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National Disaster Medical System arrives at Upstate to assist with Emergency Department

At the request of the state, the U.S. Department of Health and Human Services has deployed a team of medical professionals from the National Disaster Medical System (NDMS) to Upstate University Hospital to assist in caring for patients in the hospital’s emergency department and other non-ICU areas.

The federal team of 31 includes physicians, pharmacists, advanced healthcare practitioners, nurses, paramedics, and safety, logistics, and administrative support specialists arrived on campus Jan. 3.

The team will assist primarily in the Emergency Department and will enable more patients to be seen in the Emergency Department. The nationwide staff shortage has impacted Upstate and required the hospital to destaff beds, which can lead to a backup in the Emergency Department, as it takes on more “boarders”—patients who are waiting for a bed to open to be admitted. 

“The goal is to free up more ED space for boarding patients—patients who are waiting for a hospital bed to be admitted—such that we can reclaim more ED space for ED care,” said William Paolo, MD, chief of emergency medicine. “These members of the NDMS team allow us to have more opportunities to care for people in the ED.”

Paolo said their presence at Upstate is especially important given the surging covid numbers in the community.

Upstate University Hospital CEO Robert Corona, DO, MBA, said the assistance is much-needed to continue serving the needs of the region with Upstate’s unique services. “The Emergency Department is the front door of our facility,” he said. “When the ED backs up, Upstate—a major referral hospital for a significant number of rural hospitals—it’s difficult for individuals who want and need care here.”

Corona also noted that the hospital leaders continue to watch the increasing positive COVID case numbers.  “We see these numbers increase and having this additional assistance will help our facility through this surge.”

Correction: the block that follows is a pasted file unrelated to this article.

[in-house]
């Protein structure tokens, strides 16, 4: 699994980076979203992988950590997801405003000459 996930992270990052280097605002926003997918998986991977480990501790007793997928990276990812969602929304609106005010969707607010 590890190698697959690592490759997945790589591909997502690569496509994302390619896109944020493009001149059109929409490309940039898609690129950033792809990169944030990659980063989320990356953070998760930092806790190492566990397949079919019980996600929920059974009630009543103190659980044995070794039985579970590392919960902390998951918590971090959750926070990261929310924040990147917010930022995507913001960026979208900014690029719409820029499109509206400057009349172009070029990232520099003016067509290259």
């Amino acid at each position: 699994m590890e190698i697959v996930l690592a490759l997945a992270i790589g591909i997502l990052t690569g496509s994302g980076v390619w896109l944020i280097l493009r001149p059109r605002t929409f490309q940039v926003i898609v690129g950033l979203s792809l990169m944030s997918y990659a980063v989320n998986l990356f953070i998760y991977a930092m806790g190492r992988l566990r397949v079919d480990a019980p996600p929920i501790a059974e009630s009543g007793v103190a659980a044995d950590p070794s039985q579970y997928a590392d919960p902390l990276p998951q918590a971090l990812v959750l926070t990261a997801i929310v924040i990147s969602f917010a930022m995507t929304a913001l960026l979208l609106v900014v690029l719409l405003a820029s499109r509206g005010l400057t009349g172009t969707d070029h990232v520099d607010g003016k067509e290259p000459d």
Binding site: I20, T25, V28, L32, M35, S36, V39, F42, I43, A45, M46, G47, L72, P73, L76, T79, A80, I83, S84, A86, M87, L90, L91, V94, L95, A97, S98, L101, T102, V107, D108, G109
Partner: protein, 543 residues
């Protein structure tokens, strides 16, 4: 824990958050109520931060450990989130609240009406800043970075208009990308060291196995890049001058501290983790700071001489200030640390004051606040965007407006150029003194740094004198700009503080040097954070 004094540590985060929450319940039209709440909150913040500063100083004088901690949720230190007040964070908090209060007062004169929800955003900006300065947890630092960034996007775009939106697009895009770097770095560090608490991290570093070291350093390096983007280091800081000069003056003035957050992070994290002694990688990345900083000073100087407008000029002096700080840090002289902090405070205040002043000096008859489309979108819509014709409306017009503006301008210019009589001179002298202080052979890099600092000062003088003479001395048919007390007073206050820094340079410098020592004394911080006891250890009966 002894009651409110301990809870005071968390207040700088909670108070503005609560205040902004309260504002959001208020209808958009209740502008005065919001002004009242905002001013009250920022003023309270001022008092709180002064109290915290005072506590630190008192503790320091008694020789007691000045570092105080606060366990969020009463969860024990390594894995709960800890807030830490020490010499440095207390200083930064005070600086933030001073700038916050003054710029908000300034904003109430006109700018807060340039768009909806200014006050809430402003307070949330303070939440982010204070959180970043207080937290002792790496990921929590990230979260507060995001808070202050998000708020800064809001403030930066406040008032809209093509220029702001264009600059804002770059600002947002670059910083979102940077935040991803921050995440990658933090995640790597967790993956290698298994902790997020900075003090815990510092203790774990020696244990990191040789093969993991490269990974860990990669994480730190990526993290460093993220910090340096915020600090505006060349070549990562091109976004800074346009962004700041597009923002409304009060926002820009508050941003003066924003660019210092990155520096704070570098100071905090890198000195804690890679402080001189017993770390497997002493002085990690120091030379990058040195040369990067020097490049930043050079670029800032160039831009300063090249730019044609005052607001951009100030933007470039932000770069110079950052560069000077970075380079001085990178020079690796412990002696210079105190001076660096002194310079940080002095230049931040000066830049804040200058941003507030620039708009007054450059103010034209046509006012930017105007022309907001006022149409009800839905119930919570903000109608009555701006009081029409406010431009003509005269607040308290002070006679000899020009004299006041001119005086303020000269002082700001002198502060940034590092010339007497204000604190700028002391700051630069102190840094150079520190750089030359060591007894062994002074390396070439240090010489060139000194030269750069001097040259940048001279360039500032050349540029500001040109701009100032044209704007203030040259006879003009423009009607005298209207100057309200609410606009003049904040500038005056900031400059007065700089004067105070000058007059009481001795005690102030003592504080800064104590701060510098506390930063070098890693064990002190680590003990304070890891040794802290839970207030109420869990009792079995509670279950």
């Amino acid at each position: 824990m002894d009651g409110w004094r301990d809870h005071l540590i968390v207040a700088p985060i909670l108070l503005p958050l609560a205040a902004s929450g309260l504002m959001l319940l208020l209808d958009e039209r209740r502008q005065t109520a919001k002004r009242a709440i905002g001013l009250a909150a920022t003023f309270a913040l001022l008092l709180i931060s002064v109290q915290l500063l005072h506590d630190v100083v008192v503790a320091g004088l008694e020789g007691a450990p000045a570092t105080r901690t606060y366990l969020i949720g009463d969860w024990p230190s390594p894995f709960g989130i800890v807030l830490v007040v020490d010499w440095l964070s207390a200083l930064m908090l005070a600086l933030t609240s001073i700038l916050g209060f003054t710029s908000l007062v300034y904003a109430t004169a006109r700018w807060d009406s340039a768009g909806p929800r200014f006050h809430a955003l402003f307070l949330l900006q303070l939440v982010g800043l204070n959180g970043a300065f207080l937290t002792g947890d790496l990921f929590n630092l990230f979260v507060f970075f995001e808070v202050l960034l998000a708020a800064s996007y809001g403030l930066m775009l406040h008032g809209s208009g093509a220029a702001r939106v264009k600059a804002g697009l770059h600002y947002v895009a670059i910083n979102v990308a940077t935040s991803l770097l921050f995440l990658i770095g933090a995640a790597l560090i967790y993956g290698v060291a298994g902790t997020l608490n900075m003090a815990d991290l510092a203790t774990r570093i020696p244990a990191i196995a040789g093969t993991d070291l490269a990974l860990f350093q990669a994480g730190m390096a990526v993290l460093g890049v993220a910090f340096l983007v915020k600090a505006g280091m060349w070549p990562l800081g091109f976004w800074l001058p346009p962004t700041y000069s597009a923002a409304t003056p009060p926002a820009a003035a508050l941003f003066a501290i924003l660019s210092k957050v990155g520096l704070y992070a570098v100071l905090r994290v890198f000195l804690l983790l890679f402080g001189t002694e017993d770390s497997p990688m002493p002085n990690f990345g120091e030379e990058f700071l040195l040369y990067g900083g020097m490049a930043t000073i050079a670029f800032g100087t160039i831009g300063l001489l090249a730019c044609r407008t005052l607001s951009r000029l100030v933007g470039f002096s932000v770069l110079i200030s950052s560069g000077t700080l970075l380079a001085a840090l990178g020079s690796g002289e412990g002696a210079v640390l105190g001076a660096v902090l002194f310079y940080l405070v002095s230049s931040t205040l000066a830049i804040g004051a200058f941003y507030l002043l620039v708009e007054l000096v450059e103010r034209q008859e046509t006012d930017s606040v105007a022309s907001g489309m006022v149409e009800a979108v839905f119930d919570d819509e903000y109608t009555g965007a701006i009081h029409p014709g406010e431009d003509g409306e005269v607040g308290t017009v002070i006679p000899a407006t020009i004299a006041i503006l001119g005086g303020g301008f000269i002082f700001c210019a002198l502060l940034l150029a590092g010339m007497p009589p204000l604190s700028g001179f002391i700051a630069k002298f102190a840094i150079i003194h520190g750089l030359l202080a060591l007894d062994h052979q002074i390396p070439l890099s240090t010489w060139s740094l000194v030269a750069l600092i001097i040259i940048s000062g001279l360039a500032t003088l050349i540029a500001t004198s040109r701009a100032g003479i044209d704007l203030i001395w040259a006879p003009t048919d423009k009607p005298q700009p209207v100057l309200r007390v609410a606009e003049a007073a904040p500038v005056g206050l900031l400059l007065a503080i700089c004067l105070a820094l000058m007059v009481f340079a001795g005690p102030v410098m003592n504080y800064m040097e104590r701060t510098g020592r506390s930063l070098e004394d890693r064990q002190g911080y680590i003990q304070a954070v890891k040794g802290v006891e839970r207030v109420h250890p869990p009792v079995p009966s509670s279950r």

Upstate President Mantosh Dewan, MD, thanked the state for bringing these important resources to Upstate.

“We are very grateful to the state Department of Health for its support of bringing this NDMS team to our region and our facility,” he said. “Upstate has continued its important work for the region under significant pressures. This team will assist us to continue to do this important work.”

“The U.S. has reported record-breaking numbers of Covid-19 infections as the Omicron coronavirus variant sweeps across the country, including here in Syracuse,” said Tim Tackett, NDMS team commander at Upstate. “My team will do everything it can to help Upstate get through this current surge and provide much needed support to the hospital’s staff who continue to work around the clock to care for members of this community.”

NDMS is a part of HHS’ Office of the Assistant Secretary for Preparedness and Response (ASPR). NDMS helps communities respond to and recover from public health emergencies and disasters. Since January 2020, NDMS has conducted more than 740 missions in 40 states and U.S. territories, deploying approximately 6,600 medical, logistical, and command and control personnel to help states, territories, and jurisdictions respond to the COVID-19 pandemic. 


Caption: Some of the members of the National Medical Disaster System aiding the Emergency Department are, from left, John Woycitzky, Eric Pinkham, Brian Herskovitz, Mary Vance, Paul Beidelschies, Timothy Tackett, Paul Clay and Charles Call.